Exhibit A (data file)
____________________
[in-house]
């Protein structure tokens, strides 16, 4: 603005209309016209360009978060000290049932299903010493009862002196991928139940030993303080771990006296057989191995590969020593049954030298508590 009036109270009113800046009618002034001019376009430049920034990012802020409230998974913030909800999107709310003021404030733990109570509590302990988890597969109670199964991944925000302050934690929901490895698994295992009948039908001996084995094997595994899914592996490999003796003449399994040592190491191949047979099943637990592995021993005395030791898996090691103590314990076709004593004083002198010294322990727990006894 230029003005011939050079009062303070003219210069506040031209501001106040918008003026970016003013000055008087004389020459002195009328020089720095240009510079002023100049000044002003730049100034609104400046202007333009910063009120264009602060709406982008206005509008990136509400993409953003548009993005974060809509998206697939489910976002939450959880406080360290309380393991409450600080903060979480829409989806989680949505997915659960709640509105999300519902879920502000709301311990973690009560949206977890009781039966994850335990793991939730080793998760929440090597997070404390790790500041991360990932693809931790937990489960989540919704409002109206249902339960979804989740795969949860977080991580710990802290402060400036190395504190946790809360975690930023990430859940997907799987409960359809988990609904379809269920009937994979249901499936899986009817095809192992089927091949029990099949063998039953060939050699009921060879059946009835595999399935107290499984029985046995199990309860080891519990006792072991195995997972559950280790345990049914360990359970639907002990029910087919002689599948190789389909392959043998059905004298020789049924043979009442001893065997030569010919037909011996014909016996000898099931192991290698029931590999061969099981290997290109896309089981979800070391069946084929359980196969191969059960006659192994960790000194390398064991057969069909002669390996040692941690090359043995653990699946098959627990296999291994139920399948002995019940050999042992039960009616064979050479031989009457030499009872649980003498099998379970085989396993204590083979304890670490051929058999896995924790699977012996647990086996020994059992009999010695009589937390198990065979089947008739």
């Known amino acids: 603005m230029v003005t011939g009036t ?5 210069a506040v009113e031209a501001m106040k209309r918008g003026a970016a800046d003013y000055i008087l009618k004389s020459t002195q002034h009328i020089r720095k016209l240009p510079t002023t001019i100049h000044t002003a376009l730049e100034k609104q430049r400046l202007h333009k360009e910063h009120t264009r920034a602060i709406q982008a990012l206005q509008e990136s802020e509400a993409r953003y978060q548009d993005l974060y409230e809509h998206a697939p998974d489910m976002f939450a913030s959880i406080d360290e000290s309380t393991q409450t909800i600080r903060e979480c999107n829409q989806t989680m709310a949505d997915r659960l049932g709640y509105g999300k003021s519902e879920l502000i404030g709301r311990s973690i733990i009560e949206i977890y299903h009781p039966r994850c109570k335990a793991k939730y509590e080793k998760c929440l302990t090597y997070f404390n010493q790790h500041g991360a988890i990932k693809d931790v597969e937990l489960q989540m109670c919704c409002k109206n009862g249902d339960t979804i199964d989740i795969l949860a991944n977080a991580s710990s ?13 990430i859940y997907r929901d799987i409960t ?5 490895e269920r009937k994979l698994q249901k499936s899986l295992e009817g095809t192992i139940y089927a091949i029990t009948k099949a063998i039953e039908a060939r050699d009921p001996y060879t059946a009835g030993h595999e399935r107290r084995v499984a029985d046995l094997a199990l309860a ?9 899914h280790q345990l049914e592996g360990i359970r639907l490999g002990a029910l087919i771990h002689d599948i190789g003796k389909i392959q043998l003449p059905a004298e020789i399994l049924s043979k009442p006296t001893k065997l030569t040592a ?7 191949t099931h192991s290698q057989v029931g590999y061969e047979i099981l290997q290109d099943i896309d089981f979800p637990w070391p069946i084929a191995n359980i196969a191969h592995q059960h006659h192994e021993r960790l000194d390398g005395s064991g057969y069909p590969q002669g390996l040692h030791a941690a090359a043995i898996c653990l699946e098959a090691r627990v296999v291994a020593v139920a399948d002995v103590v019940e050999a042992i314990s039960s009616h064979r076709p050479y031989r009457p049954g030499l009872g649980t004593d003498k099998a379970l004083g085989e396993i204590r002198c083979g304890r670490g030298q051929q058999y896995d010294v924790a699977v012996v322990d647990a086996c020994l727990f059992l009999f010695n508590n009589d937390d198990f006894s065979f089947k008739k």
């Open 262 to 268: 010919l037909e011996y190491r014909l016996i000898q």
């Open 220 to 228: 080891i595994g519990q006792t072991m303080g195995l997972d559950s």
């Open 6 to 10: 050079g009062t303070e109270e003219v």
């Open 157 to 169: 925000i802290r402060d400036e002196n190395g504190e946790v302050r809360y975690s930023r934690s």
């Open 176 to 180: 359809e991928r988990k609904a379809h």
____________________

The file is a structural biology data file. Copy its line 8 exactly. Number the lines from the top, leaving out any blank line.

């Open 176 to 180: 359809e991928r988990k609904a379809h």